Like System 1 in general, that approach will be useful some to most of the time. Wine stain is gone. Leak is stopped. Door (mostly) worked as intended. The car, though. Googling my symptoms led to opinions that ranged from the catastrophic to the benign. Depending on who you believed, the only solution was a tow (I was 80kms from a dealer) and the very expensive replacement of my catalytic converter, or “just keep driving until something’s obviously wrong.” Google-augmented System 1 wasn’t doing well, and System 2 was just confused.

Which leads to a couple of other interesting consequences to how we engage in and attend to decisions in this day and age. We all have System 2. We can all move into a more analytical mode of decision making. The question is whether we are actually any good at doing that.

System 2 needs training. It needs to know how to analyze. It needs to understand what information is important, and what facts are inconsequential. System 2 presumes a range of critical thinking skills are at our disposal, finely honed and ready for action. And yet, when we don’t use those skills, they often instead become dull, rusty and incapable of incisive use. We pretend we’re doing analysis, and yet we continue to orbit our own biases once again until Google-plus-System-1 seems tempting, or we’ve simply run out of time.

In other words, the more we struggle to use System 2, the more we’re likely to lurch back to System 1. Unless we feel confident that we’ve got the tools to function with complexity, we look for simple answers and step-by-step solutions. Big scary problems either get ignored or dealt with in the most simplistic way possible, simply because the consequence of doing otherwise is too scary to even contemplate.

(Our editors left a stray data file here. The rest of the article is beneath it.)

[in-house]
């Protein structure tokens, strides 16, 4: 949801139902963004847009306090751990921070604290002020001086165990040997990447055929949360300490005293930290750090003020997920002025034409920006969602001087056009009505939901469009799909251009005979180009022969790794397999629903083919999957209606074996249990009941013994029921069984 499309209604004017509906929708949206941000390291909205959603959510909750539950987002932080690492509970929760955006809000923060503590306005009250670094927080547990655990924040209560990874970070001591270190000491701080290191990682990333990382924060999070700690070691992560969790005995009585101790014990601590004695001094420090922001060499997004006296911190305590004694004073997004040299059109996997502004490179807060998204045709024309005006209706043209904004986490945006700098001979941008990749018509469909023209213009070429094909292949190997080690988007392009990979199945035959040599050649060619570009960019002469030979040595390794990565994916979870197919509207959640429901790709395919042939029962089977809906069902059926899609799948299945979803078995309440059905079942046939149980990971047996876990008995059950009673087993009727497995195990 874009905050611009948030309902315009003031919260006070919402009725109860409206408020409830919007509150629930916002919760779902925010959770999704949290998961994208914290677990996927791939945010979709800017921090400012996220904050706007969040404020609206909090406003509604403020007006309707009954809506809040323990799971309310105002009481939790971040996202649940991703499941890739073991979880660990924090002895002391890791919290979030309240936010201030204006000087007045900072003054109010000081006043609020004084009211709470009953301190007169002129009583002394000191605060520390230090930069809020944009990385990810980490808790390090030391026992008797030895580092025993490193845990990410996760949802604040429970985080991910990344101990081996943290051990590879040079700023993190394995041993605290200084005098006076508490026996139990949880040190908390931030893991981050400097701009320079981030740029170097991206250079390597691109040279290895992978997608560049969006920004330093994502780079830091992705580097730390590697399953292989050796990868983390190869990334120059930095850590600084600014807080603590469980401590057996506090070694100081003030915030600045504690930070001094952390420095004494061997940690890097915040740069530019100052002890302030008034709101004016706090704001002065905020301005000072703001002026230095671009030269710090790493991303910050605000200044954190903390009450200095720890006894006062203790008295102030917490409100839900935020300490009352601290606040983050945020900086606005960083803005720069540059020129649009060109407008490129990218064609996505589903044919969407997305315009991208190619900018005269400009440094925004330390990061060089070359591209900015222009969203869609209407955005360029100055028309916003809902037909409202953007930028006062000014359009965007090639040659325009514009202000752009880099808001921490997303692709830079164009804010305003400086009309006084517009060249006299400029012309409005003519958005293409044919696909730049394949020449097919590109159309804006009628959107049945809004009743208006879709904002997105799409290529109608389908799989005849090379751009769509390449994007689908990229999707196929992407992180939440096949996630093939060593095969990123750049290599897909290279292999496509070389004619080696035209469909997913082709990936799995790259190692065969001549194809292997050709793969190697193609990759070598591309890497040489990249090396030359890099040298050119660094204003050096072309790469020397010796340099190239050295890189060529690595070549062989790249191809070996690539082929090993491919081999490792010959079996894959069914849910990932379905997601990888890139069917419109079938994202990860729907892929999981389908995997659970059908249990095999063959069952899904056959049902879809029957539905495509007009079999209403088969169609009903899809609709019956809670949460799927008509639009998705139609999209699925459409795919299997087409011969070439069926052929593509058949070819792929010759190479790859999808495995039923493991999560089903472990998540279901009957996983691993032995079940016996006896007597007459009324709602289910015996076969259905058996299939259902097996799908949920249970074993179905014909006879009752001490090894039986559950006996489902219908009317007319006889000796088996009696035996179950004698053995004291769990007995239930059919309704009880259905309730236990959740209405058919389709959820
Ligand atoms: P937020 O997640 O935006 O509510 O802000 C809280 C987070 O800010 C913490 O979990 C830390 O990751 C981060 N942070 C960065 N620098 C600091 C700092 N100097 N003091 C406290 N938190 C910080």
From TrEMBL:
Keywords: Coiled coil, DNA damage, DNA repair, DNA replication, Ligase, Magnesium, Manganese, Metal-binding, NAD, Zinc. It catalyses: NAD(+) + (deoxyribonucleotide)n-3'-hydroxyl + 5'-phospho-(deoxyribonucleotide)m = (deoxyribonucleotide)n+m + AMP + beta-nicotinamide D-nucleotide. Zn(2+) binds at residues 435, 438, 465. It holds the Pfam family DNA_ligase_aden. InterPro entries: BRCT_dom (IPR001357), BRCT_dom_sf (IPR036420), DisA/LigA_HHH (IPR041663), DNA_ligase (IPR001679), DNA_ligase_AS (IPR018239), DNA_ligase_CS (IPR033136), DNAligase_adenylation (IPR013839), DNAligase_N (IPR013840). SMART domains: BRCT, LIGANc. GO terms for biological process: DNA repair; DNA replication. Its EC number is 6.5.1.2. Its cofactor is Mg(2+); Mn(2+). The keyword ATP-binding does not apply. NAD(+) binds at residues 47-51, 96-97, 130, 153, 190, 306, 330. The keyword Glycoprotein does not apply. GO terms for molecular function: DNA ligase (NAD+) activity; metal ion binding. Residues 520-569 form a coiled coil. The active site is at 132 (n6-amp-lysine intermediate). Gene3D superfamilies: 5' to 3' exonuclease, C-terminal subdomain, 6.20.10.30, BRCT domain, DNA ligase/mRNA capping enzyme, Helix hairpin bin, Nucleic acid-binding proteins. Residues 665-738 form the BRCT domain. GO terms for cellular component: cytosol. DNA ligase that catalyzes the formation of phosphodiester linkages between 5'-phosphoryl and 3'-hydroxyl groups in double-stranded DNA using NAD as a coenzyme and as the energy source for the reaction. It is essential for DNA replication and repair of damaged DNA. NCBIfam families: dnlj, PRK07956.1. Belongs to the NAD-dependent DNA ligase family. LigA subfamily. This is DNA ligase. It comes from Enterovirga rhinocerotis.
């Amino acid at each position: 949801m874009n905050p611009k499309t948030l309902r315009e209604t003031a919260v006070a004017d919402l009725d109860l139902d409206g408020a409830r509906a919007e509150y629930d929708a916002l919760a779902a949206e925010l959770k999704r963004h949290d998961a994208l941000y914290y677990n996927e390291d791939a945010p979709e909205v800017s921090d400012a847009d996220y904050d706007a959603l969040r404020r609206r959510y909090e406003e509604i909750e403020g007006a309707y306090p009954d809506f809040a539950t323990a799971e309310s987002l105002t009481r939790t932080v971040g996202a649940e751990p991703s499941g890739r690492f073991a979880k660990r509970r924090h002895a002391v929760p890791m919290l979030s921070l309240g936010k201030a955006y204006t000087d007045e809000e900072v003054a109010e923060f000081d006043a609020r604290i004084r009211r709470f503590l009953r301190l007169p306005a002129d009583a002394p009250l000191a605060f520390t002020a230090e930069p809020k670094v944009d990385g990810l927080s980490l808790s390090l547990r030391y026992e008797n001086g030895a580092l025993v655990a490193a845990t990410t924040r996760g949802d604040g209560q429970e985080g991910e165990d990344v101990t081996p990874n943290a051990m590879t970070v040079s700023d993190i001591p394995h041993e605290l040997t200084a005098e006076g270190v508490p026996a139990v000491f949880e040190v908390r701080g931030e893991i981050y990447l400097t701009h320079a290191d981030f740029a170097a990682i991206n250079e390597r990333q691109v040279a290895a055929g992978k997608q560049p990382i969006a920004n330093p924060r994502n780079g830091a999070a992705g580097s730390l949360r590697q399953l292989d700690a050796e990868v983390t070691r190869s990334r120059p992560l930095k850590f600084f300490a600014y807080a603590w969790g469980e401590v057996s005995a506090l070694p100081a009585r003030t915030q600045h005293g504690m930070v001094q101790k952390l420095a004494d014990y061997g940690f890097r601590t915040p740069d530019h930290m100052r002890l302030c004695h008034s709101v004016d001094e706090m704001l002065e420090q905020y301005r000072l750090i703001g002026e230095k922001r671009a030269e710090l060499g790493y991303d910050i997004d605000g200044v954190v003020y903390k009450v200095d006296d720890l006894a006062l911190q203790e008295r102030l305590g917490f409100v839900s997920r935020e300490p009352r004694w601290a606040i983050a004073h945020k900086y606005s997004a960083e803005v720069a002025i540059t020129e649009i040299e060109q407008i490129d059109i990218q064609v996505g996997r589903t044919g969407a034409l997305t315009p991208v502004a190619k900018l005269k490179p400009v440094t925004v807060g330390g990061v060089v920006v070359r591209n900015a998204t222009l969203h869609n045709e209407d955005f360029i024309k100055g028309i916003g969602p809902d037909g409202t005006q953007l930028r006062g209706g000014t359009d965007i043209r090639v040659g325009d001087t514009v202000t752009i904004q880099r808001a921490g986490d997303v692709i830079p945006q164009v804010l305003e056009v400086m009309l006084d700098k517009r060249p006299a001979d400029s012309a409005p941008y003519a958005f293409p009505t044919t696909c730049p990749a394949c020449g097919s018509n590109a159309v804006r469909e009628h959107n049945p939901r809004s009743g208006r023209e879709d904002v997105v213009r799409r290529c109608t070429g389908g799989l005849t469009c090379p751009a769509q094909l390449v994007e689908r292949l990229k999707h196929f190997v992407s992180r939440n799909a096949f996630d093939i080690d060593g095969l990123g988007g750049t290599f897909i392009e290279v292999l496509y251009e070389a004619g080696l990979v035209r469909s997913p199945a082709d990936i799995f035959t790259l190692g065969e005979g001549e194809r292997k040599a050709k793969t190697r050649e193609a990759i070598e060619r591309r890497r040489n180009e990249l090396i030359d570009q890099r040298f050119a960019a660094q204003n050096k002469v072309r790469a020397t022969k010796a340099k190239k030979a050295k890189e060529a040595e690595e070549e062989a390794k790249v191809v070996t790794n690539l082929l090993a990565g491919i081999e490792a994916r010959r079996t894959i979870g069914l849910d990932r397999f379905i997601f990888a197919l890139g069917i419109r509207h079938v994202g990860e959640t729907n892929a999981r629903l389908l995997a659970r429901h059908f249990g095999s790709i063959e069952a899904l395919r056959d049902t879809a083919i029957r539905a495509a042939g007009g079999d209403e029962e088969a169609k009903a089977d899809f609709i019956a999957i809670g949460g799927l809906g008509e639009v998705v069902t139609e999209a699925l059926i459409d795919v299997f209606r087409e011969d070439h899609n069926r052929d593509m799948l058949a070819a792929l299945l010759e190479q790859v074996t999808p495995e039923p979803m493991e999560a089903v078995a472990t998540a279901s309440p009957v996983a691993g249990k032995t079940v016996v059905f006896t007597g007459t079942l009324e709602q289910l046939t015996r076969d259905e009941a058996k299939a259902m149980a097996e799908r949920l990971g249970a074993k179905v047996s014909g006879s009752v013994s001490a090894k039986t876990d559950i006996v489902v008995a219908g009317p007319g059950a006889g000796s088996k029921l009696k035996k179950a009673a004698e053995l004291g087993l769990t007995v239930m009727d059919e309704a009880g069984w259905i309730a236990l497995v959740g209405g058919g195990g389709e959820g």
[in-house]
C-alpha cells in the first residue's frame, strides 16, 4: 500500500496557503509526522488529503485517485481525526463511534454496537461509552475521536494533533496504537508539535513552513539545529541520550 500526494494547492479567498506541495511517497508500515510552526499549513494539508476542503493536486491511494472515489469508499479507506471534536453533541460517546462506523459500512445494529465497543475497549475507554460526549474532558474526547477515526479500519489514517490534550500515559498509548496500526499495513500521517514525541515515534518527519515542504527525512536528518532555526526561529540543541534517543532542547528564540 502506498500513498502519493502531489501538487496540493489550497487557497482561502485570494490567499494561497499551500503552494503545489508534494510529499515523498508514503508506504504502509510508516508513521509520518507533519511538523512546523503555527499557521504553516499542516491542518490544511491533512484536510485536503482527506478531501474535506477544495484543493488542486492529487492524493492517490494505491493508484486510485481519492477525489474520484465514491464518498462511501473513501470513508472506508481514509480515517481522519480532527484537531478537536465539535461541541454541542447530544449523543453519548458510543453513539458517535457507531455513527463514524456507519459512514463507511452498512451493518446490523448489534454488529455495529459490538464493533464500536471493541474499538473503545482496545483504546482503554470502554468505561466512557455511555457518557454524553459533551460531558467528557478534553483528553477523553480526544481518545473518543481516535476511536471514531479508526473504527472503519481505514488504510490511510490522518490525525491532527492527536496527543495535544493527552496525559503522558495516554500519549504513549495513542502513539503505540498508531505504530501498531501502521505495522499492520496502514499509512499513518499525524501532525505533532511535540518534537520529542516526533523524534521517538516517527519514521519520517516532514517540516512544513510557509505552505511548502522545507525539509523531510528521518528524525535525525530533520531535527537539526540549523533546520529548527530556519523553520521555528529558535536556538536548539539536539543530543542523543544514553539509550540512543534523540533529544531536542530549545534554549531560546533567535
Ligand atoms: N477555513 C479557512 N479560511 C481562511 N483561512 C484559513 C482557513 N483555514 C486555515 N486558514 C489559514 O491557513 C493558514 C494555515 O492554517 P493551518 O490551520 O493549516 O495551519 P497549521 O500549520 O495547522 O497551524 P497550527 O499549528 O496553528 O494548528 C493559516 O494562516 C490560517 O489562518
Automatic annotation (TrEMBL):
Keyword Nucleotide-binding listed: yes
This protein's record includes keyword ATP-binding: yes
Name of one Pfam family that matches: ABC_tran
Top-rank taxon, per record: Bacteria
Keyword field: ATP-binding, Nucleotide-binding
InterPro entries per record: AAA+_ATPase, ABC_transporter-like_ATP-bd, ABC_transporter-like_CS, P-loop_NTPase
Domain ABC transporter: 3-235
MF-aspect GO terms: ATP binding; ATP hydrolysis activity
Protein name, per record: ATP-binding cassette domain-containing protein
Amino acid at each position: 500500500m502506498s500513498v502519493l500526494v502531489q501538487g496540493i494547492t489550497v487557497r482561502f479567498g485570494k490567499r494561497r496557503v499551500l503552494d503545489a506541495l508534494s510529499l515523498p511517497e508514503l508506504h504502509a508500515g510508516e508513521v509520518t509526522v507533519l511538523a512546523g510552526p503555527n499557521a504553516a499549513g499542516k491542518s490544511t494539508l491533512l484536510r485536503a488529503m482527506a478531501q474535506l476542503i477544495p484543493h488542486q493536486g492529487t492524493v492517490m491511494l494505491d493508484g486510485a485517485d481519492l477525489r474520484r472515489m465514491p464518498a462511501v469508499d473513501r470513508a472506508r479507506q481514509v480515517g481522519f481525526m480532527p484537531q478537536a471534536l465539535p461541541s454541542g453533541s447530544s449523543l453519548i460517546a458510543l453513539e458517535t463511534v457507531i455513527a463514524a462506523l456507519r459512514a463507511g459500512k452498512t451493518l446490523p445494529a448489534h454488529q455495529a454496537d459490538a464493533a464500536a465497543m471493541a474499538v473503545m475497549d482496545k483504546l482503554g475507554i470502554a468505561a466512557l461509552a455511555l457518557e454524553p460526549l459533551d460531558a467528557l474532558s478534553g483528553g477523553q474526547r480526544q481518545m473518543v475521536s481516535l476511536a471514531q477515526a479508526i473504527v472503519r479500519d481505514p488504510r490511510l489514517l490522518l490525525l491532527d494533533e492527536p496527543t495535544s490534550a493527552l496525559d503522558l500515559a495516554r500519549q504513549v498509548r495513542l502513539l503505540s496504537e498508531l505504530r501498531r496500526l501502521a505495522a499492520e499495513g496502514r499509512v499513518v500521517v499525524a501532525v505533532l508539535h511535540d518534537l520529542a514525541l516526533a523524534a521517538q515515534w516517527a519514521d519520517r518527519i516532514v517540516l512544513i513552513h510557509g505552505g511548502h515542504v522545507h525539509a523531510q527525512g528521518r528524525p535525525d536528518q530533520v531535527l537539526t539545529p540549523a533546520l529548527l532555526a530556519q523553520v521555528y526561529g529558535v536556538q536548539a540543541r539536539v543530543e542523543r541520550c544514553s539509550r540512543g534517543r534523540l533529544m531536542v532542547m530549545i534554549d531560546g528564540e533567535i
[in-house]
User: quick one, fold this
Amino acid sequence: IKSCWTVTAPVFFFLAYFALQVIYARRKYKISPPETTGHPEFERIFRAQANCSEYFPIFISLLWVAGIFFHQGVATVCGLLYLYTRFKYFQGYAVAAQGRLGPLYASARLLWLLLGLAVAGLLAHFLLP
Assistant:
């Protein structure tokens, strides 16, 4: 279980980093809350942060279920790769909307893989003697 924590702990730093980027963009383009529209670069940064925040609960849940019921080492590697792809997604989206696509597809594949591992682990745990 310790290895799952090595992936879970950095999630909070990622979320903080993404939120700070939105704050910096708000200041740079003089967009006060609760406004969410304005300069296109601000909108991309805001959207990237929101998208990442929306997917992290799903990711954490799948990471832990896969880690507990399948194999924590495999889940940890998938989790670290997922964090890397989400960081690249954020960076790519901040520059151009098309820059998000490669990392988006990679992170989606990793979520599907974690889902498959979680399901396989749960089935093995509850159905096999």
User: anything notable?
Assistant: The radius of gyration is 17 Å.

This got driven home for me recently in a volunteer situation. For reasons I will not attempt to defend here, I’ve taken on the role of production director of my local community theatre. I also happen to be lighting designer for our Christmas show. Now, theatre is my first love. I studied it, I worked in it for a time, and I found purpose and friendship and meaning in the work that I was doing. Which is all more than awesome.

I last worked in theatre well before the turn of the millenium, however, and a great deal has changed in theatrical technology. When I last lit a show, computerized lighting boards were just finding their place. In the several decades since, they have evolved enormously. What’s more, even the lighting fixtures are computers.

Diving back in, I’ve at times felt overwhelmed. Learning automated lights, DMX signalling, lighting board programming and operation, all the while remembering and embracing what is involved in actually being a lighting designer, all in a space that is relatively new to me. Sorting out one thing often led to four more questions. The automated portions of what used to be militantly analog were the most overwhelming bits. Despite the fact that I’m really, really comfortable with technology in general. I can network, I can program, I can configure. And yet an automated lighting board stopped me in my tracks.